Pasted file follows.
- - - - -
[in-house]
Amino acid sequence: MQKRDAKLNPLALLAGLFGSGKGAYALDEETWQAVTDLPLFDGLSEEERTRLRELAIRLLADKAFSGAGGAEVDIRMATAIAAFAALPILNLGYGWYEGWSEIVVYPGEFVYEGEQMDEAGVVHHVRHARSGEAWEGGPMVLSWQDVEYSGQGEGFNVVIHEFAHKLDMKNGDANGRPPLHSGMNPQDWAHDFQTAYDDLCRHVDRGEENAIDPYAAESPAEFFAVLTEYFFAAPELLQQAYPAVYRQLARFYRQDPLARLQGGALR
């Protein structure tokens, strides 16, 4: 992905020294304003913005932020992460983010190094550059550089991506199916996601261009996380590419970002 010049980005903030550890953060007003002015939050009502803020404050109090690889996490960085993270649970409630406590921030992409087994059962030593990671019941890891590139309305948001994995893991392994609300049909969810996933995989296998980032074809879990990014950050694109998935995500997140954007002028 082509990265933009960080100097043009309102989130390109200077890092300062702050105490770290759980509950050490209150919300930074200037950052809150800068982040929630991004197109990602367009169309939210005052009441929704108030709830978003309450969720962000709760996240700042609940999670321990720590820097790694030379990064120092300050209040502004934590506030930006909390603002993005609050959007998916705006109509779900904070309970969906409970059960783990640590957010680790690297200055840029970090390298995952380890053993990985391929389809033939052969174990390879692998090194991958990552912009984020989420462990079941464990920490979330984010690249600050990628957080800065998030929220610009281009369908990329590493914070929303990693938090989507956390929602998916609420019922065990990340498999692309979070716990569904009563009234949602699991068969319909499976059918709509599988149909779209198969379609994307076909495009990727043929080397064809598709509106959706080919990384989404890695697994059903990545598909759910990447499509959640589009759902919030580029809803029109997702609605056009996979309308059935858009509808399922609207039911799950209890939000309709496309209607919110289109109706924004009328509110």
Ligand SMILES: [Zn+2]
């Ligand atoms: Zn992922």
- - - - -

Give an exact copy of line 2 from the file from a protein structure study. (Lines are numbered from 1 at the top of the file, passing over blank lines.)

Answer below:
Amino acid sequence: MQKRDAKLNPLALLAGLFGSGKGAYALDEETWQAVTDLPLFDGLSEEERTRLRELAIRLLADKAFSGAGGAEVDIRMATAIAAFAALPILNLGYGWYEGWSEIVVYPGEFVYEGEQMDEAGVVHHVRHARSGEAWEGGPMVLSWQDVEYSGQGEGFNVVIHEFAHKLDMKNGDANGRPPLHSGMNPQDWAHDFQTAYDDLCRHVDRGEENAIDPYAAESPAEFFAVLTEYFFAAPELLQQAYPAVYRQLARFYRQDPLARLQGGALR